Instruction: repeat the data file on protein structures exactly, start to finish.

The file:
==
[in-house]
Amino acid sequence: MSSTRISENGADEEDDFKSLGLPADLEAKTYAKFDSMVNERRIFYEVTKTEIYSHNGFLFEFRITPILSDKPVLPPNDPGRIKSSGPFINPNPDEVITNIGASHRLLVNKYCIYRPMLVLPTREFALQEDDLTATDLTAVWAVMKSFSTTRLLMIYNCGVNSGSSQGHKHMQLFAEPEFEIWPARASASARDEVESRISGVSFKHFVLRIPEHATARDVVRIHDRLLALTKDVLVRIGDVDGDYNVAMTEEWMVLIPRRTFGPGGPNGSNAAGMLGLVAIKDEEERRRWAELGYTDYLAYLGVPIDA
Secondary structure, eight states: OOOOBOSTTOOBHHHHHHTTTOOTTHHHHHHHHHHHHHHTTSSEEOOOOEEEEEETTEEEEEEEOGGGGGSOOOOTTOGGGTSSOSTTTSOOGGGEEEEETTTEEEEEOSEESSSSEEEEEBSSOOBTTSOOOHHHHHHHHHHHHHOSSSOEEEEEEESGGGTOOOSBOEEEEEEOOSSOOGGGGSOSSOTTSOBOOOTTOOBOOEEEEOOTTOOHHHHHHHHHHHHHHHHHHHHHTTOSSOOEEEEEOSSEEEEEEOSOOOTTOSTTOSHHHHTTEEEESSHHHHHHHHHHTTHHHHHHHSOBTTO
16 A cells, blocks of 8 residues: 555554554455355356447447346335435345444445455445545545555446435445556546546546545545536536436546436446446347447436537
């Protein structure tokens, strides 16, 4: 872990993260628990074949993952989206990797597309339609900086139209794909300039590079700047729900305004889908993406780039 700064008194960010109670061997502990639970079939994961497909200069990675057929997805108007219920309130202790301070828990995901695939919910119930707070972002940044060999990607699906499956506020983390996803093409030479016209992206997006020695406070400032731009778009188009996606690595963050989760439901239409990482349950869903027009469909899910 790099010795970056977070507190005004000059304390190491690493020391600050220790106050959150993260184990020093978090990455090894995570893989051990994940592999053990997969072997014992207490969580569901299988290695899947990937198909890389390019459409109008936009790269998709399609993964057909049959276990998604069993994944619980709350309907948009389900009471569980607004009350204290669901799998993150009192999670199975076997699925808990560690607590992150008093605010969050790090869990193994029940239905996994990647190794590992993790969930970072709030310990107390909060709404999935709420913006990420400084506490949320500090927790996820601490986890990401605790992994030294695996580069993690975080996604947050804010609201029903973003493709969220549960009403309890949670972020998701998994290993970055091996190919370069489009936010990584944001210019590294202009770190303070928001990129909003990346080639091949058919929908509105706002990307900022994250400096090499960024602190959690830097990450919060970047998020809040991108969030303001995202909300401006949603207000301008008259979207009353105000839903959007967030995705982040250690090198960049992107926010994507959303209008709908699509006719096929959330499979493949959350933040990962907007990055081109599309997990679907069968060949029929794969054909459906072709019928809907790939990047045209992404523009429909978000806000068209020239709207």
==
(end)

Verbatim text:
[in-house]
Amino acid sequence: MSSTRISENGADEEDDFKSLGLPADLEAKTYAKFDSMVNERRIFYEVTKTEIYSHNGFLFEFRITPILSDKPVLPPNDPGRIKSSGPFINPNPDEVITNIGASHRLLVNKYCIYRPMLVLPTREFALQEDDLTATDLTAVWAVMKSFSTTRLLMIYNCGVNSGSSQGHKHMQLFAEPEFEIWPARASASARDEVESRISGVSFKHFVLRIPEHATARDVVRIHDRLLALTKDVLVRIGDVDGDYNVAMTEEWMVLIPRRTFGPGGPNGSNAAGMLGLVAIKDEEERRRWAELGYTDYLAYLGVPIDA
Secondary structure, eight states: OOOOBOSTTOOBHHHHHHTTTOOTTHHHHHHHHHHHHHHTTSSEEOOOOEEEEEETTEEEEEEEOGGGGGSOOOOTTOGGGTSSOSTTTSOOGGGEEEEETTTEEEEEOSEESSSSEEEEEBSSOOBTTSOOOHHHHHHHHHHHHHOSSSOEEEEEEESGGGTOOOSBOEEEEEEOOSSOOGGGGSOSSOTTSOBOOOTTOOBOOEEEEOOTTOOHHHHHHHHHHHHHHHHHHHHHTTOSSOOEEEEEOSSEEEEEEOSOOOTTOSTTOSHHHHTTEEEESSHHHHHHHHHHTTHHHHHHHSOBTTO
16 A cells, blocks of 8 residues: 555554554455355356447447346335435345444445455445545545555446435445556546546546545545536536436546436446446347447436537
């Protein structure tokens, strides 16, 4: 872990993260628990074949993952989206990797597309339609900086139209794909300039590079700047729900305004889908993406780039 700064008194960010109670061997502990639970079939994961497909200069990675057929997805108007219920309130202790301070828990995901695939919910119930707070972002940044060999990607699906499956506020983390996803093409030479016209992206997006020695406070400032731009778009188009996606690595963050989760439901239409990482349950869903027009469909899910 790099010795970056977070507190005004000059304390190491690493020391600050220790106050959150993260184990020093978090990455090894995570893989051990994940592999053990997969072997014992207490969580569901299988290695899947990937198909890389390019459409109008936009790269998709399609993964057909049959276990998604069993994944619980709350309907948009389900009471569980607004009350204290669901799998993150009192999670199975076997699925808990560690607590992150008093605010969050790090869990193994029940239905996994990647190794590992993790969930970072709030310990107390909060709404999935709420913006990420400084506490949320500090927790996820601490986890990401605790992994030294695996580069993690975080996604947050804010609201029903973003493709969220549960009403309890949670972020998701998994290993970055091996190919370069489009936010990584944001210019590294202009770190303070928001990129909003990346080639091949058919929908509105706002990307900022994250400096090499960024602190959690830097990450919060970047998020809040991108969030303001995202909300401006949603207000301008008259979207009353105000839903959007967030995705982040250690090198960049992107926010994507959303209008709908699509006719096929959330499979493949959350933040990962907007990055081109599309997990679907069968060949029929794969054909459906072709019928809907790939990047045209992404523009429909978000806000068209020239709207």